men riding horses - 1923





Kennedy Unthank

TV Series Review

The Great Depression began in 1929. Unfortunately, no one told Montana to wait: The state’s gotten a head start.

In fact, the state’s been in the grips of depression ever since World War I wrapped up. While the rest of the country enjoys the “Roaring Twenties,” the ranchers in Montana are struggling to survive. Drought and locust infestations have caused the little remaining grass to be dried up and eaten, leaving little left for the thousands of grazing animals still needing food. Disease plagues the cattle who do find their cud. And even if that weren’t the case, the demand for agricultural products has fallen, meaning there’s less money in ranching anyway.

It’s left a lot of ranchers in a desperate situation, including Jacob Dutton, the surviving brother of 1883’s James Dutton and current owner of Yellowstone Dutton Ranch. He’s the state’s livestock commissioner, and his decisions during these trying times aren’t leaving everyone happy ranchers—particularly, Banner Creighton and his fellow shepherds, who feel that their sheep are being overshadowed in favor of cattlemen. If their sheep don’t get the grass they need, they’ll certainly die.

But the Creightons aren’t the only threats. Plenty of other players think that the decade is the perfect time to pounce on all the Duttons hold dear.

It’s enough to set the stage for a range war.

Where the Deer and the Antelope Fight to the Death

Paramount+’s 1923 is the sequel to 1883, both of which stand as prequels to Yellowstone. And two things remain constant throughout. First, the Dutton family owns its Montana ranch. And second, they’ll fight to the death for it.

For fans of the franchise, 1923 will be a welcome addition to their viewing repertoire—one that’ll give additional insight into the callous family business. The inclusion of Harrison Ford and Helen Mirren will certainly draw the attention of others, too.

But if its first episode (and its older counterparts) are any indication, we can also expect more or less the same that we’ve seen before: violence, nudity and foul language.

But you’ve heard it all in our previous reviews. We expect the content issues won’t change until the cows come home.

Episode Reviews

Dec. 18, 2022 – S1, Ep1: “1923”

Tensions rise between ranchers as they try to find enough grass for their livestock in drought-plagued and locust-infested Montana. Spencer Dutton hunts dangerous animals in Africa.

A woman references a “wh-re house.” Girls at a Catholic boarding school for Native Americans bathe, and we briefly see part of a girl’s rear. Jacob and his wife make crude talk about sex. Jacob’s grandnephew Jack kisses his fiancé, Elizabeth, prompting Elizabeth’s father to be upset that the two are kissing before they’re married. Jacob responds that “in my experience, Bob, when the first baby comes, you don’t want to be too picky with your math and a calendar.” Spencer urinates on the side of a tent (and we see the stream), and a woman urinates in the wilderness (and nothing is shown).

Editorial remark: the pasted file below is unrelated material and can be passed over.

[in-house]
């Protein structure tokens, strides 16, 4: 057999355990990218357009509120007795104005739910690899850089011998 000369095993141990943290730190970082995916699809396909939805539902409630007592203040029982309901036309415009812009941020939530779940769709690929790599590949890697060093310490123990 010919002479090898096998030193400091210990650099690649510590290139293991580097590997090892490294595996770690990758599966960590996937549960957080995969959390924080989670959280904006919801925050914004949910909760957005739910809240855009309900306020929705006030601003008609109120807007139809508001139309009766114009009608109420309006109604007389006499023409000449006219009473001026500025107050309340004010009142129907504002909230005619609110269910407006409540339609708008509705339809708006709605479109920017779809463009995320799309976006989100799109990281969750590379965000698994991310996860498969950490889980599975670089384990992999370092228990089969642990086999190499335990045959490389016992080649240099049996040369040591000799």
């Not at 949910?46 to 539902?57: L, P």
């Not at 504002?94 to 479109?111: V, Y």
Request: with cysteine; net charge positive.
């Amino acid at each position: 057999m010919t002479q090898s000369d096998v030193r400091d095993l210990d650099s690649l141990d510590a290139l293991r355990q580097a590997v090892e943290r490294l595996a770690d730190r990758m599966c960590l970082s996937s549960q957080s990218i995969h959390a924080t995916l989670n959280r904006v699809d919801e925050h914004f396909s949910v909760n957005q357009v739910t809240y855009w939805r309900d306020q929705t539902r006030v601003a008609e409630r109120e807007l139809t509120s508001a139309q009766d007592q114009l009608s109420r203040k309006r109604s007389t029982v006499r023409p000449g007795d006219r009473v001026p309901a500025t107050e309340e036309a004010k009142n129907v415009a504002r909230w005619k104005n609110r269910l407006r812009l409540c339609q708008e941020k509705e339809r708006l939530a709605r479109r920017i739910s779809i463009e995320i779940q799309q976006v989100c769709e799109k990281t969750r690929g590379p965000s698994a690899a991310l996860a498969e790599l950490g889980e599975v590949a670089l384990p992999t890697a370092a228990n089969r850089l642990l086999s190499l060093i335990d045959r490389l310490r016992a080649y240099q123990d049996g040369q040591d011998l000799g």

A man is shot twice and killed. Before he is shot the second time, he begs the woman not to kill him, saying she’ll go to hell if she does. Soldiers are shot and killed on a World War I battlefield. In the battle, someone is stuck with a bayonet, and another person has their head bashed in with a helmet. A person is attacked and killed by a leopard, and we see the resulting blood on her neck. A fistfight breaks out in a town hall.

Spencer shoots and kills a lion and a leopard. The corpses of a dozen cattle are seen decaying and covered in fleas.

In the Catholic boarding school, a nun repeatedly smacks Native American Teonna’s knuckles with a ruler until they are raw. This prompts Teonna to punch the nun many times in the face. The two of them arrive at Father Renaud’s office, where he whips the nun’s knuckles and Teonna’s rear as punishment, saying that though he has compassion, he has no mercy. Father Renaud forces the nun to recite 1 Corinthians 13:1 while he beats her. We later see the bloody scars on Teonna’s upper thighs. A man tells Jacob that “God owns the grass, and you’re no god.” Jack exclaims that “God ain’t made” a horse that can knock Jack off its back.

Women advocate for prohibition. “Don’t drink that devil’s drink,” one yells. A woman drinks alcohol. A man smokes a cigar.

The f-word is used three times. “H—,” “b–ch” and “b–tard” are also used a number of times. God’s name is abused four times, including once in the form of “g-dd–n.” Jesus’ name is abused once. Furthermore, the slurs “m-ck,” “paddy” and “jock” are thrown around at Irish or Scottish men, respectively. “Wh-re” is used once.

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Kennedy Unthank

Though he was born in Kansas, Kennedy Unthank studied journalism at the University of Missouri. He knew he wanted to write for a living when he won a contest for “best fantasy story” while in the 4th grade. What he didn’t know at the time, however, was that he was the only person to submit a story. Regardless, the seed was planted. Kennedy collects and plays board games in his free time, and he loves to talk about biblical apologetics and hermeneutics. He doesn’t think the ending of Lost was “that bad.”

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